Late last night, during an NHL Board of Governors meeting, the league approved a total realignment plan for the 2012-2013 NHL season. According to the approved plan, the current divisions and conferences would be eliminated in exchange for a four conference system. For a basic breakdown of the conferences, visit Puck Drunk Love, where I wrote a post about the changes.

With an understanding of what was approved, you may ask yourself the purpose of the new alignment. The problem began when the Atlanta franchise was sold and moved to Winnipeg during the offseason. Because of the move, divisions no longer made geographical sense, given that Winnipeg was temporarily placed in the Southeastern Division. On top of that, the Detroit Red Wings organization began lobbying for the team to move to the Eastern Conference, citing that the travel grind was too much for the players to handle. To handle all the requests at once, the league ultimately blew up the division system we know today.

If you take a step back and take it all in, there are five big reasons why the Board of Governors approved such radical change:

Financial Gain

Money will always be the top priority. Not only does this plan helps franchises who have trouble selling tickets fill their arenas by bringing in talent from the opposite conference, but it also alleviates some of the financial burden of travel for centrally located teams (such as the Red Wings). Once a full season with this new plan is over, expect to see plenty of positive changes in the accounting department.

For a breakdown on new travel imbalances, head over to On the Forecheck.

It sets the league up for expansion or contraction

With the Coyotes situation lingering, the league had to implement a plan where it wouldn't require big changes if the Coyotes changed cities. The new system allows the league to drag and drop the organization into any conference it deems appropriate without dealing around divisional barriers.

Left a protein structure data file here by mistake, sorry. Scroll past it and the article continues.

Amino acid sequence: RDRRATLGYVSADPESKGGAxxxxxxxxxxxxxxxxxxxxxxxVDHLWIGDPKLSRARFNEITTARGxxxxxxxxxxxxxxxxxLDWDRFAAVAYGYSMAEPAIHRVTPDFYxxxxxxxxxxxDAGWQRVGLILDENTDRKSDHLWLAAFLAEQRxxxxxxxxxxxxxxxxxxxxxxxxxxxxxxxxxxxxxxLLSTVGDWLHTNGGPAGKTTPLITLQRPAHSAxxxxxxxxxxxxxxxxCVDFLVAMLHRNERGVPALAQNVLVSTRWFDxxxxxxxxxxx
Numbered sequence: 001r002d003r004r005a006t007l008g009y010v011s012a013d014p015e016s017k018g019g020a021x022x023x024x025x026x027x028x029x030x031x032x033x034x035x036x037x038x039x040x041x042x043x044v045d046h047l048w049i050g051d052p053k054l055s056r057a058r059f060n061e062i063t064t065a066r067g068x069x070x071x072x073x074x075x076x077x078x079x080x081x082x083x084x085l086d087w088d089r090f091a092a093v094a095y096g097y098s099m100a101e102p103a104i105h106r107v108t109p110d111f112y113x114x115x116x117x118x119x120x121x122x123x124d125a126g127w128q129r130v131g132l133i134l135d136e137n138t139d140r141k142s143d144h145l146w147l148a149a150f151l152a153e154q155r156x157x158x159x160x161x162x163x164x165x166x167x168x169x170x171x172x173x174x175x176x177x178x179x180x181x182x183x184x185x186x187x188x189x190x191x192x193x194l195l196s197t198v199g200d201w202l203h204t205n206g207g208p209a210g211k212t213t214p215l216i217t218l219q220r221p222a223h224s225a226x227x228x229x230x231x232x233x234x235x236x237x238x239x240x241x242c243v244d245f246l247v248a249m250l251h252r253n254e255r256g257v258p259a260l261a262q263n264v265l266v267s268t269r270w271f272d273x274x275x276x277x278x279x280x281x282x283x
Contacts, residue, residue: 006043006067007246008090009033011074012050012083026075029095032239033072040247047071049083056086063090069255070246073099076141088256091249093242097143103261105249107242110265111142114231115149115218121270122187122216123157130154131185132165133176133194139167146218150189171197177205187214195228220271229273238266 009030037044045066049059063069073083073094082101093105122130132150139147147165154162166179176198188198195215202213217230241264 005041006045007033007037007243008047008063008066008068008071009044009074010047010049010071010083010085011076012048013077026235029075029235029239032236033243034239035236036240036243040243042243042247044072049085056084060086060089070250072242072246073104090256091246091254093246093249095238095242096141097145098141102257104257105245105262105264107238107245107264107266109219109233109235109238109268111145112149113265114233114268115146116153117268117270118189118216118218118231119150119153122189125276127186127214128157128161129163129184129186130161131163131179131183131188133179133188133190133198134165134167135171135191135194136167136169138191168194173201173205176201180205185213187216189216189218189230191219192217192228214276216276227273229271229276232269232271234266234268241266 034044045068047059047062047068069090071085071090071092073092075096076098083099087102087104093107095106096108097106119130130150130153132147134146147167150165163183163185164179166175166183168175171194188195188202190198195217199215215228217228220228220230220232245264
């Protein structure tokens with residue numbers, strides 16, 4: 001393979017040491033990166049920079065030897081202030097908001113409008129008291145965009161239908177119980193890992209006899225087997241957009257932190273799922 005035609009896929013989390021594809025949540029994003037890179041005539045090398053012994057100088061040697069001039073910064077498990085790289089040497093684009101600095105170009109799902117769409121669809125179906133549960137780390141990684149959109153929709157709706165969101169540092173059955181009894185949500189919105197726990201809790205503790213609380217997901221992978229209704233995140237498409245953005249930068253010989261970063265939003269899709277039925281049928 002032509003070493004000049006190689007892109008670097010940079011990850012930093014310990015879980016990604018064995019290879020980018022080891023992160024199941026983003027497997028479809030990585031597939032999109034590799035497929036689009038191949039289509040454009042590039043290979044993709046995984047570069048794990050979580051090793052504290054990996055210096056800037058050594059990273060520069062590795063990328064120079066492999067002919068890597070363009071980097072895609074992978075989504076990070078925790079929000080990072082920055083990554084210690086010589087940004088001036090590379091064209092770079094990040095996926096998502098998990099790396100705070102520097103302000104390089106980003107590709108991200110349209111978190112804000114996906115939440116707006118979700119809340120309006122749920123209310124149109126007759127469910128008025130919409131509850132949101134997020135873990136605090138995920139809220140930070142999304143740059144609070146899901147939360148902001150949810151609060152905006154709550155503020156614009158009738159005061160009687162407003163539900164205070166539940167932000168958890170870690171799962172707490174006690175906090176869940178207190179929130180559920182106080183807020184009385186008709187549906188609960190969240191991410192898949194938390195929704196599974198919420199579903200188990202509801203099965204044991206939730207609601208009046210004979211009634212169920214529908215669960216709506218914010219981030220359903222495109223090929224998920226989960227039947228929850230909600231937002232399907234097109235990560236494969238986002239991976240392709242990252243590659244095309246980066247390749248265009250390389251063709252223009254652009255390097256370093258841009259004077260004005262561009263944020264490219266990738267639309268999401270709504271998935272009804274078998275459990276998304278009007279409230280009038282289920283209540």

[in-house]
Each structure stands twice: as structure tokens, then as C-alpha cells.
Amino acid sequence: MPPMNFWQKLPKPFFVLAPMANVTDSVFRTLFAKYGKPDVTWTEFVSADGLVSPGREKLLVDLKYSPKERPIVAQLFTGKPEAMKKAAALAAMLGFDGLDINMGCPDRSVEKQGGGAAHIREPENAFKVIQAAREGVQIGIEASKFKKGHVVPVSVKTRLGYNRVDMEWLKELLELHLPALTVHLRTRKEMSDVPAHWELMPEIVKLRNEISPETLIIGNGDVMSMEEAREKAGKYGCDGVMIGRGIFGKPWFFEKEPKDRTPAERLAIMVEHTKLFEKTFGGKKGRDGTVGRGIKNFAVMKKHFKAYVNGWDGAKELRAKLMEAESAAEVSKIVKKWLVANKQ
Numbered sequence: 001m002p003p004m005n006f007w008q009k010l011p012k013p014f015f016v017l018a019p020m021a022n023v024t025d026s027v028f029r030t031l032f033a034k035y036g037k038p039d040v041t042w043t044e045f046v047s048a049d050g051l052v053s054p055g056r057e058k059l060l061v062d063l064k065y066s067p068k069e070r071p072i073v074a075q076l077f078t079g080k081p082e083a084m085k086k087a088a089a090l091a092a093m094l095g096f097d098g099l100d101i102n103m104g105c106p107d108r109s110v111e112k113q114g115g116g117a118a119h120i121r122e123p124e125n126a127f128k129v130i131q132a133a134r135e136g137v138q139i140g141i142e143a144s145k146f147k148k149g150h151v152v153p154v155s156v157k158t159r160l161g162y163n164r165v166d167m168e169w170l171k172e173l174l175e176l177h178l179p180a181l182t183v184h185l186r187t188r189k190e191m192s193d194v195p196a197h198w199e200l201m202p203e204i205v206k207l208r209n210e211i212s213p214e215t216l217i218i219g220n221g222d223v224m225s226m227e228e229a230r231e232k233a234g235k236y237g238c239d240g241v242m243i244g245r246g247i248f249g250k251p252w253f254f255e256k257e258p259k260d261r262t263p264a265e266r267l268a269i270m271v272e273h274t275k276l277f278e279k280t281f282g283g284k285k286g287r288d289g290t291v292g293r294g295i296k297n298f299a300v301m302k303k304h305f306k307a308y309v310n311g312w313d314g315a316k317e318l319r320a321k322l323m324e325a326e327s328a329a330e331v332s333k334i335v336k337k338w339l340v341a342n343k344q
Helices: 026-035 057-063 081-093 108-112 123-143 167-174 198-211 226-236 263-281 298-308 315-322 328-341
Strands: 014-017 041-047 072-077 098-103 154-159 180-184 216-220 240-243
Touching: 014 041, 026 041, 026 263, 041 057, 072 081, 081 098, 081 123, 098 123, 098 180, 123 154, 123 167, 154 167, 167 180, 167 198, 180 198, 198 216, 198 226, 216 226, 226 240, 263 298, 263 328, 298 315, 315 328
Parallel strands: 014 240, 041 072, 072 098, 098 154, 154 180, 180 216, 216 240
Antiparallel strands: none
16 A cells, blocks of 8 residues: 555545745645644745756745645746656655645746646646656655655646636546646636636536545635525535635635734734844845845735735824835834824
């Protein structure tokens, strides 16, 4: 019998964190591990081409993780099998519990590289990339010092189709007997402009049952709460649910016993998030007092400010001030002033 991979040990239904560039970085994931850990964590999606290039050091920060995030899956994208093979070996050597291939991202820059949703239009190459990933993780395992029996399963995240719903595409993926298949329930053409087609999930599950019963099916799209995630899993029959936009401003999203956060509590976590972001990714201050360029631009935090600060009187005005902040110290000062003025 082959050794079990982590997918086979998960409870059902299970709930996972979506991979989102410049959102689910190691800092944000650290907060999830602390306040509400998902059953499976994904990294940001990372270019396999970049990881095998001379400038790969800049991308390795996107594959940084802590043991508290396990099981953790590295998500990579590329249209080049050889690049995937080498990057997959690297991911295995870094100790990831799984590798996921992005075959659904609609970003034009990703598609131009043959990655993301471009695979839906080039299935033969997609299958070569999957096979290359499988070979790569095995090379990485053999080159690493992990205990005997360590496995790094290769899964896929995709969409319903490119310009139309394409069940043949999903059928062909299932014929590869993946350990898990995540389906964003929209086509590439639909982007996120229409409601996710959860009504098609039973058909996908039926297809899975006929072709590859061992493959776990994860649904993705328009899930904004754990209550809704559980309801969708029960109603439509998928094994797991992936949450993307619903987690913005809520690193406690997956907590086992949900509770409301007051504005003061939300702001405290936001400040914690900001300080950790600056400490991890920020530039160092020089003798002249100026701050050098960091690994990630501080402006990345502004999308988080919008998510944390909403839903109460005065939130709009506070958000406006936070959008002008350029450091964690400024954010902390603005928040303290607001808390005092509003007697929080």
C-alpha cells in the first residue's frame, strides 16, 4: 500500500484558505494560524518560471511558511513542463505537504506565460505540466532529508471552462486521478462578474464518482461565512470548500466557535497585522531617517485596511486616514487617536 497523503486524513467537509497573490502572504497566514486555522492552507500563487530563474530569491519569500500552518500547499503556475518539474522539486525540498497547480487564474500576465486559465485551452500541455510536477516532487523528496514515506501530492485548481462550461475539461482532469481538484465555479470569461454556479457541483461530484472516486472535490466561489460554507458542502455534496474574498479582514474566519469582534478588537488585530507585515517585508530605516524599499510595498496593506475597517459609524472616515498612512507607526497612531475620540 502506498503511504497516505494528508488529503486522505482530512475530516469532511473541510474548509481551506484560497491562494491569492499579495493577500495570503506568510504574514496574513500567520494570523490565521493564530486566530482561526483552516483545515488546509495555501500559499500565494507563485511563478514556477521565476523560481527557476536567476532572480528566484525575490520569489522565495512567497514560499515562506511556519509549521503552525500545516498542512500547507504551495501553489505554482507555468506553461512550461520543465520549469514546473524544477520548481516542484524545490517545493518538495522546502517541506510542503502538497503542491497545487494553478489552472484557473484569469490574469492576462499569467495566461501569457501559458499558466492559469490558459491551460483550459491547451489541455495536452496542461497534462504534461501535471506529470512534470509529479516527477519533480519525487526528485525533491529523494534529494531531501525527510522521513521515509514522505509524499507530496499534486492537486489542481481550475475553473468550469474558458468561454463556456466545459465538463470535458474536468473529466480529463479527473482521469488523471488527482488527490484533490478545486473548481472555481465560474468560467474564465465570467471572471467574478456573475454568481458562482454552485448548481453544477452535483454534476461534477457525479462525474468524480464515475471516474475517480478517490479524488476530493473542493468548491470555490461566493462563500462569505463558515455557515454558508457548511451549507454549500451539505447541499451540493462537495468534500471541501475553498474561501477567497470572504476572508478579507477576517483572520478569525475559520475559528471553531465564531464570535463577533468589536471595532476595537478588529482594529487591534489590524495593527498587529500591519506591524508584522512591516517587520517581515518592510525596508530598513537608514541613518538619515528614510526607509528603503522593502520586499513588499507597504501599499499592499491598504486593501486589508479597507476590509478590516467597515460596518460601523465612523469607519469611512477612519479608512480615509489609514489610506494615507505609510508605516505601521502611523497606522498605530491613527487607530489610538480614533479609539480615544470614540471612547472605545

Two words that surround any sports league, contraction and expansion, aren't that scary anymore to the NHL. The wide open plan will have the capacity to hold at least two more teams if the league decides to go down that road. May we see a franchise in Seattle or Quebec? On the flip side, league offices can easily bring down the axe on one or two franchises without shouting Jenga. Could we say goodbye to the New York Islanders or Columbus Blue Jackets?

It balances out national air time.

Analysts will be quick to point out how the system will allow for balanced scheduling, given that every team has a "Home & Away" with each other but the real gem is being able to place former Western Conference teams on national television. Due to late start times in the West, young fans normally don't get to see the Kopitars or Sedins of the league. Starting next season we could see a lot more Western flair on afternoon weekend games.

The playoffs could start with rivalries.


Sound like a good partial first or a full second round? I thought so. Under the proposed plan, NHL fans can expect the chance to see their top rivals on day one of the playoffs. And while the semi-finals and finals haven't been fully figured out, we can guarantee the system will have a "baptism by fire" approach in creating energy for the playoffs.

Divisions were pointless anyway.

Let's face it. Divisions are pointless. Apart from the division winner, who secures a top three conference spot, the rest of the playoff roster is up for grabs. Last season we saw that the Vancouver Canucks were the only team in the Northwest Division to qualify for the playoffs. The more times that this occurs, the more it proves that the divisions aren't balanced. As we all know, the more imbalance that the league has, the worse it is for franchises stuck at the bottom. The new alignment can give the bottom dwellers a fighting chance, provided they can figure out their own front offices.